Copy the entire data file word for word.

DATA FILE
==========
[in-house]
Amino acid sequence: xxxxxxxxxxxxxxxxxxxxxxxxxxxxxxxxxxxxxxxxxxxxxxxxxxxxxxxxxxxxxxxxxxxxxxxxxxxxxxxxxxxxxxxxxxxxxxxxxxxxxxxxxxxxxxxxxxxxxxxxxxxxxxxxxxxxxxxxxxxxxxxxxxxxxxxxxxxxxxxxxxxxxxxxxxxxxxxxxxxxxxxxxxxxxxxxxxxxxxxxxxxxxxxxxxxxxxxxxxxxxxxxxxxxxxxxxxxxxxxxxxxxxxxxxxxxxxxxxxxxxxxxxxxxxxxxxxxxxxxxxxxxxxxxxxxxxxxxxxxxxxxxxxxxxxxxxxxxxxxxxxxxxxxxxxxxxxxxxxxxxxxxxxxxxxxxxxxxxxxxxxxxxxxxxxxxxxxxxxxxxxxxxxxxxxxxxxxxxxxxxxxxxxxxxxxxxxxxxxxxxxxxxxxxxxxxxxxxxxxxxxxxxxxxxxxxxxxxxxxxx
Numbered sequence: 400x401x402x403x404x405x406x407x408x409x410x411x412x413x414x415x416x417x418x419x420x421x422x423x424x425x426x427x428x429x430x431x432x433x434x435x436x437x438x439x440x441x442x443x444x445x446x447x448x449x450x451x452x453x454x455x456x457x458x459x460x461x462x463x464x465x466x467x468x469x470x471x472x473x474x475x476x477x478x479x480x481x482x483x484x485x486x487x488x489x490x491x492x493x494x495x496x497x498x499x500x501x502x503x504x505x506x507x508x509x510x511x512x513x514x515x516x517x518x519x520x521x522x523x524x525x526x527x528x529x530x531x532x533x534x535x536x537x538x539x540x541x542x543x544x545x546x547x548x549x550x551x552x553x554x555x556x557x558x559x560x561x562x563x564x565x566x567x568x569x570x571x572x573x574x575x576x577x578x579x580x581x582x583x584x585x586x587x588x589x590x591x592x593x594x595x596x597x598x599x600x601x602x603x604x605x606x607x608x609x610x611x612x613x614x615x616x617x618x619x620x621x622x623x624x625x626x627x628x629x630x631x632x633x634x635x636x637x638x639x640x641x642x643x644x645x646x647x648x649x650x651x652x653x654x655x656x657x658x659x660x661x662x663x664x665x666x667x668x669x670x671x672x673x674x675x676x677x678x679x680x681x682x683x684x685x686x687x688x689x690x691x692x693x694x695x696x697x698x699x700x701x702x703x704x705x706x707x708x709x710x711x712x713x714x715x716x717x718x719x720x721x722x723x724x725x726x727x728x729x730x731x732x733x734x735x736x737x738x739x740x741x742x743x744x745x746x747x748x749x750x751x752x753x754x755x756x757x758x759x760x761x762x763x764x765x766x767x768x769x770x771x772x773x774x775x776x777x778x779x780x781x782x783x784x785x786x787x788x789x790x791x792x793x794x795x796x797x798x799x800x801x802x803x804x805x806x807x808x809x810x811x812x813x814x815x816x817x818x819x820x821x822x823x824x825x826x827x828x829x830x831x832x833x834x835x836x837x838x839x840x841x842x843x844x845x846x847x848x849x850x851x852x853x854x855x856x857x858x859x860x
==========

[in-house]
Amino acid sequence: xxxxxxxxxxxxxxxxxxxxxxxxxxxxxxxxxxxxxxxxxxxxxxxxxxxxxxxxxxxxxxxxxxxxxxxxxxxxxxxxxxxxxxxxxxxxxxxxxxxxxxxxxxxxxxxxxxxxxxxxxxxxxxxxxxxxxxxxxxxxxxxxxxxxxxxxxxxxxxxxxxxxxxxxxxxxxxxxxxxxxxxxxxxxxxxxxxxxxxxxxxxxxxxxxxxxxxxxxxxxxxxxxxxxxxxxxxxxxxxxxxxxxxxxxxxxxxxxxxxxxxxxxxxxxxxxxxxxxxxxxxxxxxxxxxxxxxxxxxxxxxxxxxxxxxxxxxxxxxxxxxxxxxxxxxxxxxxxxxxxxxxxxxxxxxxxxxxxxxxxxxxxxxxxxxxxxxxxxxxxxxxxxxxxxxxxxxxxxxxxxxxxxxxxxxxxxxxxxxxxxxxxxxxxxxxxxxxxxxxxxxxxxxxxxxxxxxxxxxxxx
Numbered sequence: 400x401x402x403x404x405x406x407x408x409x410x411x412x413x414x415x416x417x418x419x420x421x422x423x424x425x426x427x428x429x430x431x432x433x434x435x436x437x438x439x440x441x442x443x444x445x446x447x448x449x450x451x452x453x454x455x456x457x458x459x460x461x462x463x464x465x466x467x468x469x470x471x472x473x474x475x476x477x478x479x480x481x482x483x484x485x486x487x488x489x490x491x492x493x494x495x496x497x498x499x500x501x502x503x504x505x506x507x508x509x510x511x512x513x514x515x516x517x518x519x520x521x522x523x524x525x526x527x528x529x530x531x532x533x534x535x536x537x538x539x540x541x542x543x544x545x546x547x548x549x550x551x552x553x554x555x556x557x558x559x560x561x562x563x564x565x566x567x568x569x570x571x572x573x574x575x576x577x578x579x580x581x582x583x584x585x586x587x588x589x590x591x592x593x594x595x596x597x598x599x600x601x602x603x604x605x606x607x608x609x610x611x612x613x614x615x616x617x618x619x620x621x622x623x624x625x626x627x628x629x630x631x632x633x634x635x636x637x638x639x640x641x642x643x644x645x646x647x648x649x650x651x652x653x654x655x656x657x658x659x660x661x662x663x664x665x666x667x668x669x670x671x672x673x674x675x676x677x678x679x680x681x682x683x684x685x686x687x688x689x690x691x692x693x694x695x696x697x698x699x700x701x702x703x704x705x706x707x708x709x710x711x712x713x714x715x716x717x718x719x720x721x722x723x724x725x726x727x728x729x730x731x732x733x734x735x736x737x738x739x740x741x742x743x744x745x746x747x748x749x750x751x752x753x754x755x756x757x758x759x760x761x762x763x764x765x766x767x768x769x770x771x772x773x774x775x776x777x778x779x780x781x782x783x784x785x786x787x788x789x790x791x792x793x794x795x796x797x798x799x800x801x802x803x804x805x806x807x808x809x810x811x812x813x814x815x816x817x818x819x820x821x822x823x824x825x826x827x828x829x830x831x832x833x834x835x836x837x838x839x840x841x842x843x844x845x846x847x848x849x850x851x852x853x854x855x856x857x858x859x860x